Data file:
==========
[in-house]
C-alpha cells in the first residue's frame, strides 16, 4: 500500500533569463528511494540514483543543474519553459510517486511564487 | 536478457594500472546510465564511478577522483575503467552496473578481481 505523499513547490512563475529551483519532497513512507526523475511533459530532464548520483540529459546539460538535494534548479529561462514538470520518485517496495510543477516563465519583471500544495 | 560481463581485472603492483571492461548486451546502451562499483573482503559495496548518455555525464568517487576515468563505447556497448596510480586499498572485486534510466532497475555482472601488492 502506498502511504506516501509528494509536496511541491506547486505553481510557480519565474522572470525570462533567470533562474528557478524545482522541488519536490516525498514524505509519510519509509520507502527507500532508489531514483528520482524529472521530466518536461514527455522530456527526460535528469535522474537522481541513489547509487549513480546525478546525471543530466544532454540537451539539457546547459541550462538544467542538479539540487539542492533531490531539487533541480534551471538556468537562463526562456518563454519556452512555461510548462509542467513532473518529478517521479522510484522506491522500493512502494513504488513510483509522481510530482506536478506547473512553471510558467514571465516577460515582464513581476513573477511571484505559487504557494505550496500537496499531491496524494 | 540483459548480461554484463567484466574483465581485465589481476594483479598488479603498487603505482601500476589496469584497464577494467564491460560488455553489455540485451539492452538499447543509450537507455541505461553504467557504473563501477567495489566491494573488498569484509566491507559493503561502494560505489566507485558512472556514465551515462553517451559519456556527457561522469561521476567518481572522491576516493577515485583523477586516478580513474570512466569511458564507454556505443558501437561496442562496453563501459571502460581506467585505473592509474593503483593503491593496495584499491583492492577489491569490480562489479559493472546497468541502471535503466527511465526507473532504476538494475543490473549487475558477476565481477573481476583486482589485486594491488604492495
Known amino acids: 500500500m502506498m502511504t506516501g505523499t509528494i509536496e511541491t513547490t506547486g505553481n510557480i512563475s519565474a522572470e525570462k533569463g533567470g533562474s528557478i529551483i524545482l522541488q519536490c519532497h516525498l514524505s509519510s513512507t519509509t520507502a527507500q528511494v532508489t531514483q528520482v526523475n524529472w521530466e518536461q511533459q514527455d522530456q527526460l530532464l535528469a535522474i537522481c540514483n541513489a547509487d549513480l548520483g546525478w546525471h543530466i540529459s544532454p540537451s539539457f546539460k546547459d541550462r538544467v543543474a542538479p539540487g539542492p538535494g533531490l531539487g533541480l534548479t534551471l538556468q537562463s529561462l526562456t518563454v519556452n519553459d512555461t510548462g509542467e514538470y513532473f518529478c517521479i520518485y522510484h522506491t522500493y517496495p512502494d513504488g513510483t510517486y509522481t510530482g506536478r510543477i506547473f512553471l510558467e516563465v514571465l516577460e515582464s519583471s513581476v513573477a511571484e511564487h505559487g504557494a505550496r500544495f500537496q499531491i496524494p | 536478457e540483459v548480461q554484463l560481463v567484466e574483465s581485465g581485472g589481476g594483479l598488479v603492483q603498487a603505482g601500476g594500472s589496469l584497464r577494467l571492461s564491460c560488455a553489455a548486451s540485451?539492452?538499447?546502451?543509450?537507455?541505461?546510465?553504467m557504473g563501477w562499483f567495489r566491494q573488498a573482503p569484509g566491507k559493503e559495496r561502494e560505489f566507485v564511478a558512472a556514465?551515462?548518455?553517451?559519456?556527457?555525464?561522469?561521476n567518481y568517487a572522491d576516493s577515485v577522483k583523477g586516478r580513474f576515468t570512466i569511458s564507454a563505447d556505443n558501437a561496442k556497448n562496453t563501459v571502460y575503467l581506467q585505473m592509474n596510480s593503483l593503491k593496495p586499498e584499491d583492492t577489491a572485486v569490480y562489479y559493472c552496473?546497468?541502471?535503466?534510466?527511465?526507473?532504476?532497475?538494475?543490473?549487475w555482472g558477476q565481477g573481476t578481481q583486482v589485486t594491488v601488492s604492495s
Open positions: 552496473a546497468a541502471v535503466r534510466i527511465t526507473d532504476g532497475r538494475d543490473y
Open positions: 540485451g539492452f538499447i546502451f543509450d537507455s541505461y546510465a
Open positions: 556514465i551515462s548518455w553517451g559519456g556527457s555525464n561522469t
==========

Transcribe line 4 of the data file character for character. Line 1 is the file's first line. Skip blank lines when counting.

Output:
Open positions: 552496473a546497468a541502471v535503466r534510466i527511465t526507473d532504476g532497475r538494475d543490473y